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Image: Archi Banal
Image: Archi Banal

MediaMarch 8, 2023

After three years away, Stuff has (accidentally?) returned to Facebook

Image: Archi Banal
Image: Archi Banal

In 2020, during the middle of the first Covid-19 wave, loudly quit Facebook. Now, nearly three years on, it appears to have made a quiet return.

In early July 2020, The Spinoff reported on “an experiment” being carried out by New Zealand’s largest news site, Stuff. “Effective immediately, Stuff is trialling ceasing all activity on Facebook-owned networks,” an internal memo to staff read. “This experiment applies to all Facebook pages, groups and Instagram accounts across our entire group.”

Just months after Covid-19 spread across the world, and after New Zealand entered its first nationwide lockdown, a news organisation opted to stop sharing everything – even matters of national importance – onto the world’s most prominent social media platform. “We stopped advertising on Facebook soon after the Christchurch mosque attacks in Christchurch, as we did not want to contribute financially to a platform that profits off publishing hate speech and violence,” the email continued. “The current experiment is in the context of the international Boycott Facebook movement, and applies until further notice.” The site’s editor in chief Patrick Crewdson at the time said Stuff would be monitoring the impact of the boycott week by week to “see how it goes”.

Stuff’s boycott remained staunchly in place for about a year. No posts, no comments, no shares – nothing. In 2021, there was a brief return in order for select stories detailing relevant Covid-19 statistics to be shared. A Stuff project titled The Whole Truth was also given a Facebook click boost. As BusinessDesk reported, Stuff had chosen to share “vital” stories related to the pandemic and the lockdown. “We decided that given the seriousness of the current situation and the level of response required, it was important for us to ensure we made good, accurate information available as widely as possible,” a spokesperson said at the time.

The following year, there was a short burst of content about the death of Queen Elizabeth II shared to Facebook. Still, all in all, after two years, Stuff’s presence on Facebook remained minimal. 

But in 2023, it appears Stuff’s approach to Facebook has shifted. (It’s worth disclosing here that The Spinoff has a content sharing agreement with Stuff.) Data from social analytics tool Crowdtangle showed that Stuff had the fifth largest Facebook presence of any local media outlet in the week ending March 5, an average of roughly 18 posts per day. By comparison, NZ Herald shared a whopping 102 each day and The Spinoff about 16.

Earlier in February, Stuff had shared as many as 21 posts a day, Crowdtangle showed, while in mid-January that number was zero.

At first glance there seemed to be a common theme among Stuff’s choice of posts since its quiet return to Facebook in recent weeks. Many of the articles fitted within the parameters set out in 2021 – namely, stories of vital importance. For example, there were a number of stories about climate change as well as reporting on Cyclone Gabrielle and the immediate responses. Several of these pieces received significant levels of engagement, one racking up 23,000 reactions.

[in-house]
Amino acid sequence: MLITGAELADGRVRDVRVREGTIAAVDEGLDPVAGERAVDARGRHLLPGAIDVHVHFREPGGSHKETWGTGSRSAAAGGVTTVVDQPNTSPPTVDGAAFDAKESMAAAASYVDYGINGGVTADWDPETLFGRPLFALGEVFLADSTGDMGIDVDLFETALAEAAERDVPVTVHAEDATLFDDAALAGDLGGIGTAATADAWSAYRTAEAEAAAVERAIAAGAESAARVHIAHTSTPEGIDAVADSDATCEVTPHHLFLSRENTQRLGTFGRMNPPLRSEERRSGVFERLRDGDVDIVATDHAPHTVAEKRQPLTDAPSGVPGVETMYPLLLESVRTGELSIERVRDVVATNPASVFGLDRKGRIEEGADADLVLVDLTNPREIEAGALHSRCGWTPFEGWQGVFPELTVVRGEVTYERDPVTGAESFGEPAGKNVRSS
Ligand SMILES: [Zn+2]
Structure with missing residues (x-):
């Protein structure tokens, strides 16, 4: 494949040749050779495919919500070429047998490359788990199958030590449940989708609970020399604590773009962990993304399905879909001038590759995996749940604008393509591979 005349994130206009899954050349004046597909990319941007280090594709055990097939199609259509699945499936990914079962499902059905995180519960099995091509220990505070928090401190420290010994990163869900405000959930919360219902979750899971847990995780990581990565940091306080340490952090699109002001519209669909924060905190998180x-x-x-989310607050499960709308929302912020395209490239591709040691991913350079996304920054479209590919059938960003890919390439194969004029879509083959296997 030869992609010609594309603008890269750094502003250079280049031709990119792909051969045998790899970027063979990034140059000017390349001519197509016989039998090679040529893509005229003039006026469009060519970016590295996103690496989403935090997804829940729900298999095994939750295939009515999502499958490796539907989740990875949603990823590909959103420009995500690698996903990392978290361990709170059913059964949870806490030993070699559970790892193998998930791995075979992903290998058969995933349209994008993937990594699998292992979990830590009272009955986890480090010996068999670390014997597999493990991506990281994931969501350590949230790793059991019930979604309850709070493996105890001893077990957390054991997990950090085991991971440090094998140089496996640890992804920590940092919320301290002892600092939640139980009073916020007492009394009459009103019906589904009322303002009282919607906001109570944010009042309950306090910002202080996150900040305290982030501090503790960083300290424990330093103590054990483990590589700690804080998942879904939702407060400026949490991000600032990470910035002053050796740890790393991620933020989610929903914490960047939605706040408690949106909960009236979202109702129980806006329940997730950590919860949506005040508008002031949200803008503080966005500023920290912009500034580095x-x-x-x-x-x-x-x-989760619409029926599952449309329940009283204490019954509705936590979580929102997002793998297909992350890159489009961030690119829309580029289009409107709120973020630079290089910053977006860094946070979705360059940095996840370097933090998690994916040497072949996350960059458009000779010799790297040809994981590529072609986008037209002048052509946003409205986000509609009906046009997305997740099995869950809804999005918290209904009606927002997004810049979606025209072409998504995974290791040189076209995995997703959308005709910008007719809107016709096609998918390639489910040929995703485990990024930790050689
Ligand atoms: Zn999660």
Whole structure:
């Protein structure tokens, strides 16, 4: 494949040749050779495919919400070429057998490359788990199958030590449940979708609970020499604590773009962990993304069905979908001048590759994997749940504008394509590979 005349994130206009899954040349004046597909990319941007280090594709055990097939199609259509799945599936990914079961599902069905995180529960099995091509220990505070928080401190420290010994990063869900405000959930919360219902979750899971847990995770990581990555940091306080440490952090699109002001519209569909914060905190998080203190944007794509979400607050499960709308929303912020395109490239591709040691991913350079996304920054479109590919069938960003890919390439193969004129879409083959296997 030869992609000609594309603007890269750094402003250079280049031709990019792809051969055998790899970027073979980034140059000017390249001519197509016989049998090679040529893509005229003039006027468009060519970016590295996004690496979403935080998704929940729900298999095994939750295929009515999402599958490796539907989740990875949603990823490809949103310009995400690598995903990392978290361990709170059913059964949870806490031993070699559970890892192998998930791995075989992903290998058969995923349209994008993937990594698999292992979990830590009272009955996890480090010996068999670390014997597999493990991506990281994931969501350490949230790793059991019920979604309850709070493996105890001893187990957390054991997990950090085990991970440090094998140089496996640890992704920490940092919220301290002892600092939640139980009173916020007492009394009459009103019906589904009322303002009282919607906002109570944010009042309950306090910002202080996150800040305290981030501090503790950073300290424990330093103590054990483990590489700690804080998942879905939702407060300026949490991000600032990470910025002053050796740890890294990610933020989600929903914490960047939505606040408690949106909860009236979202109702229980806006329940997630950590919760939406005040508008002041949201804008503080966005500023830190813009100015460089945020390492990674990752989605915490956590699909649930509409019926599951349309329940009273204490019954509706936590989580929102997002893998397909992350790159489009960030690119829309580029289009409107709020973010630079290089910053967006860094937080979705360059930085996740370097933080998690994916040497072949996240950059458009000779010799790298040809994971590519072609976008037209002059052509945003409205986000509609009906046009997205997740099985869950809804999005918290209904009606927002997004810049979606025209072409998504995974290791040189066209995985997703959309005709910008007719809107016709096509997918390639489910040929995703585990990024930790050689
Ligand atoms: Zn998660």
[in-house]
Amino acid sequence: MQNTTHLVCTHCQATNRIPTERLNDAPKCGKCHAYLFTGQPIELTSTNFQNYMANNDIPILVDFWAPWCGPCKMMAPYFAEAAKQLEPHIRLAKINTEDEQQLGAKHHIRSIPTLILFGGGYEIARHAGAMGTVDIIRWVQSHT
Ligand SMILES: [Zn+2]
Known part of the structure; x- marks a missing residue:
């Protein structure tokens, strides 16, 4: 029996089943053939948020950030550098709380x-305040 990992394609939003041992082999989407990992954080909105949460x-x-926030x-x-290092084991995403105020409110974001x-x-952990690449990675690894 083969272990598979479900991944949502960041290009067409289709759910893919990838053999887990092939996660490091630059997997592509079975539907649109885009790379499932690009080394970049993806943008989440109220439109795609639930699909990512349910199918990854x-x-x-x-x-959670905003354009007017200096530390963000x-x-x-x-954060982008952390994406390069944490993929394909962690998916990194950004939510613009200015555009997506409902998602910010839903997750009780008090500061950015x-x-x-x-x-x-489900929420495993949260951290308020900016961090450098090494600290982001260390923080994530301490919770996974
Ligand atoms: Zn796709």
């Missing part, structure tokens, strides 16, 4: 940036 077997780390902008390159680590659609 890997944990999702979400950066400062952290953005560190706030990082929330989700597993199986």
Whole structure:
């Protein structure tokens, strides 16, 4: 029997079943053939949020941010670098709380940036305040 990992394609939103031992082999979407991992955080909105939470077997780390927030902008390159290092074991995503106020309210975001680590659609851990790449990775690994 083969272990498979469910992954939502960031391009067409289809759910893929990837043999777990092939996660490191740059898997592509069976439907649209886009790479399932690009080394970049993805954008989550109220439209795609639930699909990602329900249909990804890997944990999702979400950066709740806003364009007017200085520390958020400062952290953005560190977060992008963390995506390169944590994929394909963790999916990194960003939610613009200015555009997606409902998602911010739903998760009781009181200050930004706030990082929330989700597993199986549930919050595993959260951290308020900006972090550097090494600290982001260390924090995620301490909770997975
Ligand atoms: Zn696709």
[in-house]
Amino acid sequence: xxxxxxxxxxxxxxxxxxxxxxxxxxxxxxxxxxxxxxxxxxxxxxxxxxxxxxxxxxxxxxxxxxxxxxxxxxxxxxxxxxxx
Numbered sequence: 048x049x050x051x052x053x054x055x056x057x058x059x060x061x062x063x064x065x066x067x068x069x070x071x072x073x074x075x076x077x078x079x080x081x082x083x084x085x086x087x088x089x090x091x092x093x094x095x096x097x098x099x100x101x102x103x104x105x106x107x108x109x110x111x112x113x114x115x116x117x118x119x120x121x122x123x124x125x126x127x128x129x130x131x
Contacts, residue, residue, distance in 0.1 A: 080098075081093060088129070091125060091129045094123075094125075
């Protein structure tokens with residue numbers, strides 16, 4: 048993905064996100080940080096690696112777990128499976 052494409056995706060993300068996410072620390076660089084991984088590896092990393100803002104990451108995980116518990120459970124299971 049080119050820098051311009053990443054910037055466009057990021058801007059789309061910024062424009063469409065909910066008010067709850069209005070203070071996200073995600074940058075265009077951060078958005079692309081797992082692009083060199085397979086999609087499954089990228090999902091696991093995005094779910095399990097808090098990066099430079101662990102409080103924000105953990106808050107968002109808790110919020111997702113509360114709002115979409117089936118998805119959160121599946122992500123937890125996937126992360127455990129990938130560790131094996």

But it wasn’t all disaster-related. A February 20 article on a student flat that was ransacked in Dunedin made the cut, as did a recent recall of hummus. More trivially, there was a piece headlined “volunteer’s overnight vigil to protect dotterel chick from stalking cat” while another shared in March queried whether the size of KFC’s chicken had been shrinking (spoiler: it hadn’t).

Two recent posts on Stuff’s Facebook

While the posting has returned, Stuff has opted not to switch on comments on any of its posts. That’s a similar position taken by RNZ, which has continued to post articles to Facebook consistently but, for some time now, not allowed people to directly engage.

It’s a curious time for Stuff to make a grand return to Facebook. The platform has been making it harder for news outlets to reach audiences, including in this part of the world. In 2021, for example, it implemented an outright ban on Australian news outlets (this position was later softened). Here in New Zealand, media outlets have been bargaining for their own deals with Facebook.

So what’s changed for Stuff over the past few weeks? Turns out, according to a spokesperson, nothing. Stuff’s policy to only use the social platform for “critical public service announcements” remains, but evidently isn’t always followed – though no one seemed to have noticed until asked for comment by The Spinoff. 

“It appears there has been some inadvertent loosening of our approach and the team has been reminded of our policy,” the spokesperson admitted.

At the time of writing, the posts remain on Facebook.

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